Articles

This illustration from the March 14, 1863, issue of Harper’s Weekly magazine — titled “A Negro Regiment in Action” — depicts the Battle of Island Mound, Missouri, in October 1862.
Cathay Williams was the first African American woman to enlist in the U.S. Army — in a time when women were prohibited from serving.

This photograph shows the men of the Independent Battery, U.S. Colored Light Artillery, positioned in front of the guard house at Fort Leavenworth.

More than a century after the Kansas City Fire Department was established, Edward Wade Wilson became its first African American chief, capping a trailblazing career of nearly 46 years.
Lafayette Alonzo Tillman is remembered most for being one of Kansas City’s first African American police officers.
Maj. N. Clark Smith was a prominent musician, composer, and instructor and one of the most accomplished African American bandmasters of the early 20th century.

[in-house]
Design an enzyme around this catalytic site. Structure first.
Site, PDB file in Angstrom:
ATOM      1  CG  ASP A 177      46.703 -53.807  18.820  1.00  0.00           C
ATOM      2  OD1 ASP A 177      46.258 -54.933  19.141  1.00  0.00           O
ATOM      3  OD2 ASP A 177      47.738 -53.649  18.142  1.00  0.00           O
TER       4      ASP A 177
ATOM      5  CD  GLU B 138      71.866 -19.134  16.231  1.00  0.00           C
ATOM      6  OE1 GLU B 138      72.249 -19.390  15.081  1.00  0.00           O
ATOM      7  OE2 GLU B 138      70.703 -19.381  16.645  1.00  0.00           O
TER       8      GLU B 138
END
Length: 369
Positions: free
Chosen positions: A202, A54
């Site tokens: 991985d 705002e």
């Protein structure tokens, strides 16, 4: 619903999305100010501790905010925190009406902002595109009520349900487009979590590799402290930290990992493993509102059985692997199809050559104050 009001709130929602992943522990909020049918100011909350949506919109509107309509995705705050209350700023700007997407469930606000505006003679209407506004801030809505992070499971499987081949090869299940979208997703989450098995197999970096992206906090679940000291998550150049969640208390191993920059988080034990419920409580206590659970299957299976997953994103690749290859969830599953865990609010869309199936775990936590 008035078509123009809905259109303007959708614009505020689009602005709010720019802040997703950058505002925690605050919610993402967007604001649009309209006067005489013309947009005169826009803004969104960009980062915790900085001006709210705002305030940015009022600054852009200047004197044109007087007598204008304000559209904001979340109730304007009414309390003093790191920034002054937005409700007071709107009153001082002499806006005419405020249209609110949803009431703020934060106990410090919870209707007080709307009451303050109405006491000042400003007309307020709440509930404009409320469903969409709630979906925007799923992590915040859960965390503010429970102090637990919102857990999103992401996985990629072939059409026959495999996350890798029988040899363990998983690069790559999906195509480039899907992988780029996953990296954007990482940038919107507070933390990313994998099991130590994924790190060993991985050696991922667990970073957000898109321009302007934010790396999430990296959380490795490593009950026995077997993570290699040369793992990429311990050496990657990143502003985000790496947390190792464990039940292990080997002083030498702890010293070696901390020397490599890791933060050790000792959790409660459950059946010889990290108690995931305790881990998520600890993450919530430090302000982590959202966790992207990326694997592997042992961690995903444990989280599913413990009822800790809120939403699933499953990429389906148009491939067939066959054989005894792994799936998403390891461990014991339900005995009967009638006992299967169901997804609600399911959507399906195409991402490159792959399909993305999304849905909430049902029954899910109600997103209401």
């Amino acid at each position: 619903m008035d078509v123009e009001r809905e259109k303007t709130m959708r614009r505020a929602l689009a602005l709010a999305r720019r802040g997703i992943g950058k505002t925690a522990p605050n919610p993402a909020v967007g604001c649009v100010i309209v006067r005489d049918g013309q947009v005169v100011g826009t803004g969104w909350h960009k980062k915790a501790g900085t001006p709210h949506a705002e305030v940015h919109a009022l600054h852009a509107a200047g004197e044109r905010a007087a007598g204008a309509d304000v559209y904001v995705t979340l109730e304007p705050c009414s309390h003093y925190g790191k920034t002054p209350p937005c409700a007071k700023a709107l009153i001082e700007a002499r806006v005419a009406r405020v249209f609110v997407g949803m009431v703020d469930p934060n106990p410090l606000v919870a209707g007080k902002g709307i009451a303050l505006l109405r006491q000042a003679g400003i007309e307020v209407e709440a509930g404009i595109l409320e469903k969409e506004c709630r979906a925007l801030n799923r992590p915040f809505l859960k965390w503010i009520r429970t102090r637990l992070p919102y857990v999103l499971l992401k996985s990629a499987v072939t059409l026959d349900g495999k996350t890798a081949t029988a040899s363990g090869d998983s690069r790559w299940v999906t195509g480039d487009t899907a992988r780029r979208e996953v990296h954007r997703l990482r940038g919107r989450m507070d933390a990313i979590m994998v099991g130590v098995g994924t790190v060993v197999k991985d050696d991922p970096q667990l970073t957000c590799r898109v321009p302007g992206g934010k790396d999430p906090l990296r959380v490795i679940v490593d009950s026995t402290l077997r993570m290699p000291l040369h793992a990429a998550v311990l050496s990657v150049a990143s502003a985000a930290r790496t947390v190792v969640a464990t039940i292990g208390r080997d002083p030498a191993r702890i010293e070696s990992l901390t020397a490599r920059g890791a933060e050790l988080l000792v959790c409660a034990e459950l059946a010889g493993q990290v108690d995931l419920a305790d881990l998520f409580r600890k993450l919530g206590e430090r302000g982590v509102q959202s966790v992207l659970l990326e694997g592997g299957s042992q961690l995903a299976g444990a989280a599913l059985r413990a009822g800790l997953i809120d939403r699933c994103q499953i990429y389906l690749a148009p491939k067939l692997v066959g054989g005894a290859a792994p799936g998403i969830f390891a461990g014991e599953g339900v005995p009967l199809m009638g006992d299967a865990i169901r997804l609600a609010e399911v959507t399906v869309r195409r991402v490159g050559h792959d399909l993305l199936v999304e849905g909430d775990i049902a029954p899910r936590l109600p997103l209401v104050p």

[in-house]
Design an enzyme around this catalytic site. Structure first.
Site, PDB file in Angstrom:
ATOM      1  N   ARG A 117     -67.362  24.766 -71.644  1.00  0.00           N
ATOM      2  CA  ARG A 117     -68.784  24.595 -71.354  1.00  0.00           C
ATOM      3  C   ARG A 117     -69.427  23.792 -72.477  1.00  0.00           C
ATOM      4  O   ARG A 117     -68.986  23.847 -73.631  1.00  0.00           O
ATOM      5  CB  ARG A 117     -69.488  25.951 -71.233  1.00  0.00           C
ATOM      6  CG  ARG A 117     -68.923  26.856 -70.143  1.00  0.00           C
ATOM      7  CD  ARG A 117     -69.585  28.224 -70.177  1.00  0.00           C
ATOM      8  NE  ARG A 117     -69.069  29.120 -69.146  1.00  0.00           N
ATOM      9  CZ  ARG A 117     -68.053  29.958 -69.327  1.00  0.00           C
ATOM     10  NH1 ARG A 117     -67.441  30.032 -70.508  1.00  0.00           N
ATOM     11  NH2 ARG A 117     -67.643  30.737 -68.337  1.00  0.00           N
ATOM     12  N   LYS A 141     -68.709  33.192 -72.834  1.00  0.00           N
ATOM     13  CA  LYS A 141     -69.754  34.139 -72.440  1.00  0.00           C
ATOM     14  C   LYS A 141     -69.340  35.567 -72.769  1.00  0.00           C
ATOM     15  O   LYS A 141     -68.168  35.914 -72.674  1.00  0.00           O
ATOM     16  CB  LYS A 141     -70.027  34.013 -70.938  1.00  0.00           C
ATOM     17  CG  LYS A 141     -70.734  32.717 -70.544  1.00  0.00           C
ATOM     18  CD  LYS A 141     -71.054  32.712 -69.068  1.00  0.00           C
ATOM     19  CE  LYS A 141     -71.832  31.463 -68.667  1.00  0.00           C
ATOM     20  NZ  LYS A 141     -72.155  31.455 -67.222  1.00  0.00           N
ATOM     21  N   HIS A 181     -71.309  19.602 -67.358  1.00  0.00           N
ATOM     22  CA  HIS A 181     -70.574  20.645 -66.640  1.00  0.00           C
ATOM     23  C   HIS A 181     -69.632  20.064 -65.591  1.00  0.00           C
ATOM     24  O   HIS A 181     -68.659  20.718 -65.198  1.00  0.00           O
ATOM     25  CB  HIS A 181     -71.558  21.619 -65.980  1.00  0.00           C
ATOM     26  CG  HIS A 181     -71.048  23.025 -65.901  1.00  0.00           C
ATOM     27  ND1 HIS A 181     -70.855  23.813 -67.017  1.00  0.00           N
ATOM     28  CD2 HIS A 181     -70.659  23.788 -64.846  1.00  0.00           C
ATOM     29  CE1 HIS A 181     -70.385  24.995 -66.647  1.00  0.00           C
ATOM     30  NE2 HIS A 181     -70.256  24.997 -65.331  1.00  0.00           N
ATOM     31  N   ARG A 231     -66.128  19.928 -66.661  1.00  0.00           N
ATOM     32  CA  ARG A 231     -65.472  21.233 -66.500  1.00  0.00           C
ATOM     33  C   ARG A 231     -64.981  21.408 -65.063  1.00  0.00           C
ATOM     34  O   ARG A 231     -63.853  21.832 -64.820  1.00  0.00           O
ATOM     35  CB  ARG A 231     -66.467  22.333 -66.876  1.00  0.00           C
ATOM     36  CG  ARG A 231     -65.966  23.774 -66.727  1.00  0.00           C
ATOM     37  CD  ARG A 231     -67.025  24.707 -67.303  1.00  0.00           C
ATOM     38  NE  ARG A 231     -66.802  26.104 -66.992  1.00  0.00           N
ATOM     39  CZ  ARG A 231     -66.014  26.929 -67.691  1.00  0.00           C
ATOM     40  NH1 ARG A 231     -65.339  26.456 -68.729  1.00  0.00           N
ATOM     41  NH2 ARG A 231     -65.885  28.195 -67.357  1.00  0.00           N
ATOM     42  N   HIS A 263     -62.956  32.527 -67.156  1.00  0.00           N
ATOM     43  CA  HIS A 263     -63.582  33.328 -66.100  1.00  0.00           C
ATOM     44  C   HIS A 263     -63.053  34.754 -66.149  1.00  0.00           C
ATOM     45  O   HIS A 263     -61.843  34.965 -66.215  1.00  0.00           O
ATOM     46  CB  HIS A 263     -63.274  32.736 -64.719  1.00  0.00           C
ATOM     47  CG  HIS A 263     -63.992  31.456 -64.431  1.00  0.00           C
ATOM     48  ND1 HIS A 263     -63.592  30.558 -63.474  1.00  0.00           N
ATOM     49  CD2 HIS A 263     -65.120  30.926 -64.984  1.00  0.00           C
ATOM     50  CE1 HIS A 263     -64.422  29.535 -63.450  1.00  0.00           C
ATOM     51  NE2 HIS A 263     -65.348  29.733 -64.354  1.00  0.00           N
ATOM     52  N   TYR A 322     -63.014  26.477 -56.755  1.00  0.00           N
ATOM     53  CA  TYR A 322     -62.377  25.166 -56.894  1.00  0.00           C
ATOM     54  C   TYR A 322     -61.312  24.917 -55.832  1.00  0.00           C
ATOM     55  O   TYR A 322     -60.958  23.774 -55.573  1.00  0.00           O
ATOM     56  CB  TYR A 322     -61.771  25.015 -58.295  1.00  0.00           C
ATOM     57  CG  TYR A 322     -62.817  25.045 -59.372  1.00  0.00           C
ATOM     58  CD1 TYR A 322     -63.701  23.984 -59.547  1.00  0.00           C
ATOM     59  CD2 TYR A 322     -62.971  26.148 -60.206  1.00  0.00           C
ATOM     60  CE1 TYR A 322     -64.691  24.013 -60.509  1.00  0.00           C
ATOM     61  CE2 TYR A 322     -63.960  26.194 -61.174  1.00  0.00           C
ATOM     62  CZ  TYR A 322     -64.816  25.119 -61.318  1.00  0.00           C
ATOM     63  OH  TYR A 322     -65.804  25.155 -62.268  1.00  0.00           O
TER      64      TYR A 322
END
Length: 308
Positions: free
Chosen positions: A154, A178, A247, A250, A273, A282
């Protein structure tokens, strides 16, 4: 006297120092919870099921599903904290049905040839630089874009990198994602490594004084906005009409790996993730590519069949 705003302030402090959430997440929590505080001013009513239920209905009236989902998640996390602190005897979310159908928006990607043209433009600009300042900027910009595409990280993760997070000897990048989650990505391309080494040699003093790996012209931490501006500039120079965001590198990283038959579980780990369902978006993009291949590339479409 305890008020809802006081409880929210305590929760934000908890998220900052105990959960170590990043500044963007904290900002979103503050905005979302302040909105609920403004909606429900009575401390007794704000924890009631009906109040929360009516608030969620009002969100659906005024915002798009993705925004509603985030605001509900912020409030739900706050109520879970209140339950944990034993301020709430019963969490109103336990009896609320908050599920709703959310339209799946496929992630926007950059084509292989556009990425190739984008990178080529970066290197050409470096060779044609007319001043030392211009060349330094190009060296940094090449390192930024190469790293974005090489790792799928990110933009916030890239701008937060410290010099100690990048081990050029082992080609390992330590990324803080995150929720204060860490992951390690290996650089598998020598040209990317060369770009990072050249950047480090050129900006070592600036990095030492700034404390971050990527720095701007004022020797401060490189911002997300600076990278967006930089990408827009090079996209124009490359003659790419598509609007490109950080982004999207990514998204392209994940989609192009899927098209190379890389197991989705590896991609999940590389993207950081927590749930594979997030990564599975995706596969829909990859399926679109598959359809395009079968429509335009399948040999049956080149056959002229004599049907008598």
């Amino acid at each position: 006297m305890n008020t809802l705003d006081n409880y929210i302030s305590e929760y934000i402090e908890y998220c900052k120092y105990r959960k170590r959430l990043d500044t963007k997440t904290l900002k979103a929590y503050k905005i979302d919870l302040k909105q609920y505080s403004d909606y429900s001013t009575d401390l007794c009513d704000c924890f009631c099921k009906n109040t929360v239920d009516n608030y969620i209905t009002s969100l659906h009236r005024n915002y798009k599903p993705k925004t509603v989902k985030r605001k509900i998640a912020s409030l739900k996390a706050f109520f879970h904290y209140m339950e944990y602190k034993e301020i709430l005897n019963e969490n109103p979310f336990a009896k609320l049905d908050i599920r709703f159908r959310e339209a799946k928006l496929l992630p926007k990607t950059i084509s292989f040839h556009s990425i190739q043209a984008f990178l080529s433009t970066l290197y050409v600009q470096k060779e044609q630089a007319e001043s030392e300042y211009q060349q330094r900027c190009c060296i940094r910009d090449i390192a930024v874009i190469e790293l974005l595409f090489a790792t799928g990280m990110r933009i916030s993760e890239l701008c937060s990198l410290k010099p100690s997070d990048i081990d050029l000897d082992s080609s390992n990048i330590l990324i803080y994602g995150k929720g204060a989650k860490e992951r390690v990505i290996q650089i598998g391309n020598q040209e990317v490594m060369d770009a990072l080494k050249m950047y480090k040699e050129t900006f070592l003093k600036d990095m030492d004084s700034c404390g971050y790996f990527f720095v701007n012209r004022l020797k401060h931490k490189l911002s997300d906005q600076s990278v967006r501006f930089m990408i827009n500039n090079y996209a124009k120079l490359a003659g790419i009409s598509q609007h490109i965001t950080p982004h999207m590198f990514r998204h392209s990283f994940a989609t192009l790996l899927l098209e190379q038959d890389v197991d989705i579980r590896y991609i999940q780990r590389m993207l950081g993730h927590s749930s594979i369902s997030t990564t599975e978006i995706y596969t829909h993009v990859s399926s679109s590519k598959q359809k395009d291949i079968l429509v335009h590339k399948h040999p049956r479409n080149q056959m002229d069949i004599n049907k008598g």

Rosie Mason was a law enforcement trailblazer, working 39 years in the Kansas City Police Department and serving as its first African American female officer.
The brief yet distinguished life of Wayne Miner was defined by sacrifice and valor. The son of former slaves, Miner was born in 1890 in Henry County, Missouri. 
Lt. William Dominick Matthews was an African American officer of the Independent Battery, U.S. Colored Light Artillery, at Fort Leavenworth.

First Sergeant William A. Messley (also known as Measley) of Company C, 62nd United States Colored Troops, posed for this portrait shortly after his enlistment in late 1863.